By  on March 17, 2009

BERLIN — Tough times persist at Escada — and its management admits there’s no end in sight this year.

On Tuesday, the struggling German fashion house reported final figures for the fiscal year ended Oct. 31 and results for the first quarter ended Jan. 31.

 In line with preliminary figures released in December, fiscal 2008 net losses totaled 70.3 million euros, or $105.2 million at average exchange, compared with a loss of 27 million euros, or $40.4 million, the previous year. Special items, restructuring charges and unscheduled depreciation losses on goodwill, other assets and deferred taxes totaling 42.8 million euros, or $64 million, hit earnings, the company noted.

Adjusted earnings before interest, taxes, depreciation and amortization dropped 71.1 percent to 19.5 million euros, or $29.2 million at average exchange. Group sales for the year were down 15.2 percent to 582.1 million euros, or $871.2 million.

The downward trend continued in the first quarter, with net losses of 6.3 million euros, or $8.3 million, compared with a loss of 4 million euros, or $5.3 million, in the corresponding period a year earlier.

EBITDA in the quarter dropped 19.1 percent to 5.5 million euros, or $7.3 million, though the Escada brand segment significantly improved EBITDA to 9.8 million euros, or $13 million, compared with 5.6 million euros, or $7.4 million, a year earlier. The Premira unit, which is officially up for sale and includes the Apriori, Cavita and Laurèl brands, plus the Biba retail chain, posted a loss of 4.3 million euros, or $5.7 million, for the three-month period.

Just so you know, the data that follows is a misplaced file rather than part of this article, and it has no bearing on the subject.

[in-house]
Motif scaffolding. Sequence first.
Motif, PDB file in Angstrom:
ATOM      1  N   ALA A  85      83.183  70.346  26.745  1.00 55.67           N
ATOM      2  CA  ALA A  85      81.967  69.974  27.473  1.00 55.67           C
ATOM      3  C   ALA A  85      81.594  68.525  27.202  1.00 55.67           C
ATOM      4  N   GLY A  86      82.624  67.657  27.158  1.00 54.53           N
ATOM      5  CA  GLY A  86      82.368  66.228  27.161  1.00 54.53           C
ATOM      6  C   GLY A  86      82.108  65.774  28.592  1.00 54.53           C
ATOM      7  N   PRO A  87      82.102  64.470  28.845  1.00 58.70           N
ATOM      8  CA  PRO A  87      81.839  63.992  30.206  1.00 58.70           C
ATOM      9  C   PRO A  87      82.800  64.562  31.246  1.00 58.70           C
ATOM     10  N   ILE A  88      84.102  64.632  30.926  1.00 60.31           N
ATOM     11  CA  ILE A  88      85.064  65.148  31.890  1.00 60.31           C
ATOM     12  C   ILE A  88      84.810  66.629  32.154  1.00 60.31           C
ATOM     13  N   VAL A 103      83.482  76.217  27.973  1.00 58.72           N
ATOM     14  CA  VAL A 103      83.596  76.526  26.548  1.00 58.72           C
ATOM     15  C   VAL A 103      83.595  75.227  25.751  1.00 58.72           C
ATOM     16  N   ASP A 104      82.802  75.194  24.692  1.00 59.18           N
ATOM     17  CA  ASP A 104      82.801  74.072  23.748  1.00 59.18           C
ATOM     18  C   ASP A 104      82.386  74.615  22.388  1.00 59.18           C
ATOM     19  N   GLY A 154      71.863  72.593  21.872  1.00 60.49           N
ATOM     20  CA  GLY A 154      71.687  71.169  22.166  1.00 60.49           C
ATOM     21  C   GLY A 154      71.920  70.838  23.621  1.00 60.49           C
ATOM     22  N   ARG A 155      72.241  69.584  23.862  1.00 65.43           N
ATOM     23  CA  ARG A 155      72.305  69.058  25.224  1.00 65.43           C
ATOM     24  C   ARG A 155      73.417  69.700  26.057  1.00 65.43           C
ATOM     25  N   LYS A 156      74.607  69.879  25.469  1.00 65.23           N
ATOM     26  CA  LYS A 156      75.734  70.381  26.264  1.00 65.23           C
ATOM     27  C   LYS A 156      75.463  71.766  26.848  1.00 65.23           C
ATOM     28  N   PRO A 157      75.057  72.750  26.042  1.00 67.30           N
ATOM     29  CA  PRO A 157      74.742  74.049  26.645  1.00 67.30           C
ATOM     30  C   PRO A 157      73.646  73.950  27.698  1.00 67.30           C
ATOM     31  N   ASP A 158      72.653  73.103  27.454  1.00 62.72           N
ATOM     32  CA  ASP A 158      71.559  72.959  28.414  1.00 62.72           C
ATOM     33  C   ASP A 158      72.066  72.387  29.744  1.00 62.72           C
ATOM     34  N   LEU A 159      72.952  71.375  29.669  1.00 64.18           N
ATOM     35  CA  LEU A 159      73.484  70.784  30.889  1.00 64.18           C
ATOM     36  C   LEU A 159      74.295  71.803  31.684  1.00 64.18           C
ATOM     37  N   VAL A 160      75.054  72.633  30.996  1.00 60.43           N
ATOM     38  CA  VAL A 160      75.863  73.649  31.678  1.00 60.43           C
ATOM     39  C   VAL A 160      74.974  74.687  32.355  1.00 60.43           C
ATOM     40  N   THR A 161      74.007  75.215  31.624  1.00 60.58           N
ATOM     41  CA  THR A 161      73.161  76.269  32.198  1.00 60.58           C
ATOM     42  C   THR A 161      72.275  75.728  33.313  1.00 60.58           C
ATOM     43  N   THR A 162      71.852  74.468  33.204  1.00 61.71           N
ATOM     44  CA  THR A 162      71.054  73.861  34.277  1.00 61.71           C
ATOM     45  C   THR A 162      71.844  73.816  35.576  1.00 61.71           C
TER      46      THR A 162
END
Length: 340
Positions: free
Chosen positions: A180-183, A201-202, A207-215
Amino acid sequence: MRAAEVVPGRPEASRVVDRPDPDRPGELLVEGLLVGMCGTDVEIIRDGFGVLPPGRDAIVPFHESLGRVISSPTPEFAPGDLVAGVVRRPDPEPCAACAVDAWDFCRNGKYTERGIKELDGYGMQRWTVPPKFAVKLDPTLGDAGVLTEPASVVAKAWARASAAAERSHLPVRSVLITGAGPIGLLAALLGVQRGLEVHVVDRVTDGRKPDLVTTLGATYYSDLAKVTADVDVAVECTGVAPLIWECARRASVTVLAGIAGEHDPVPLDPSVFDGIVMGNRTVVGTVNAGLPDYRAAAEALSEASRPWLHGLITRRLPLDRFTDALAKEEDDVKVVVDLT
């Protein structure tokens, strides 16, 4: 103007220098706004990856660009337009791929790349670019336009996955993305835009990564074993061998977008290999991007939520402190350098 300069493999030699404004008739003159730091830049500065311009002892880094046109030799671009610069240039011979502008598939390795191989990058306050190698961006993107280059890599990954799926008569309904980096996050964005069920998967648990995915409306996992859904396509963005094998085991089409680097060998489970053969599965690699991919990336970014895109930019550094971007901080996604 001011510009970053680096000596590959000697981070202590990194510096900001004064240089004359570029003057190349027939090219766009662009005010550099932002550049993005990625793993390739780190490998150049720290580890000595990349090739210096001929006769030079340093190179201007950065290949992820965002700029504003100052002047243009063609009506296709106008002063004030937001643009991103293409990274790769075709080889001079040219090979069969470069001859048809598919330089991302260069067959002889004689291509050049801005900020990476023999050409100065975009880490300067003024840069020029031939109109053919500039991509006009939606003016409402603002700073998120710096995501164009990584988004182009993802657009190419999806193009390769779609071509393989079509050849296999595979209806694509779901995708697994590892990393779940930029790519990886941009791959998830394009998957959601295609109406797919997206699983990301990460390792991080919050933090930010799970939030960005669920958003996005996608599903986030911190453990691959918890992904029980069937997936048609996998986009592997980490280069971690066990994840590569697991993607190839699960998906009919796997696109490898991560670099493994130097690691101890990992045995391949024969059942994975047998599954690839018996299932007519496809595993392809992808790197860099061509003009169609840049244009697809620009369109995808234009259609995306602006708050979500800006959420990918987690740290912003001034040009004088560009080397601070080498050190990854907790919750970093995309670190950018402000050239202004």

Group sales slid 7.5 percent to 131.5 million euros, or $174 million, in the quarter, with Escada brand sales down 14 percent to 82.8 million euros, or $109.5 million.

Against a backdrop of ongoing restructuring costs and a weakened luxury market, Escada’s management sees little relief in the year ahead. For fiscal 2009, Escada is projecting a decline in group sales of “between a high single-digit and lower double-digit percentage range.”

The company is in the “midst of a full-scale reorientation,” chief executive officer Bruno Sälzer said. “Given the systemic lead times of over a year in the fashion industry, the effects will not become visible in the short term.” Nevertheless, he said he expects the downturn to soften somewhat.

However, the company is facing a credit crunch. To generate needed funds, Escada said Tuesday that it will propose a reduction in the company’s capital stock by 48.9 million euros, or $63.5 million, at the annual shareholders’ meeting April 28. The amount equals the balance sheet loss for fiscal 2008.

The calculated portion of each share in the capital stock would decline from 5.12 euros, or $6.65 at current exchange, to 2.78 euros, or $3.61, in a move that would “facilitate the issue of new shares.” As Escada pointed out, new shares issued under a capital increase cannot fall below this level.

Escada also said it was in “intensive negotiations” with capital and credit lenders to secure midterm financing.

According to a source, Escada’s largest shareholders, the Herz brothers, who together hold about a 25 percent stake, intend to participate in the new capital increase. However, the source also said they wish to keep their interest in the company below 30 percent and want other shareholders, including Russian investor and former major shareholder Rustam Aksenenko, to acquire new shares in the company.

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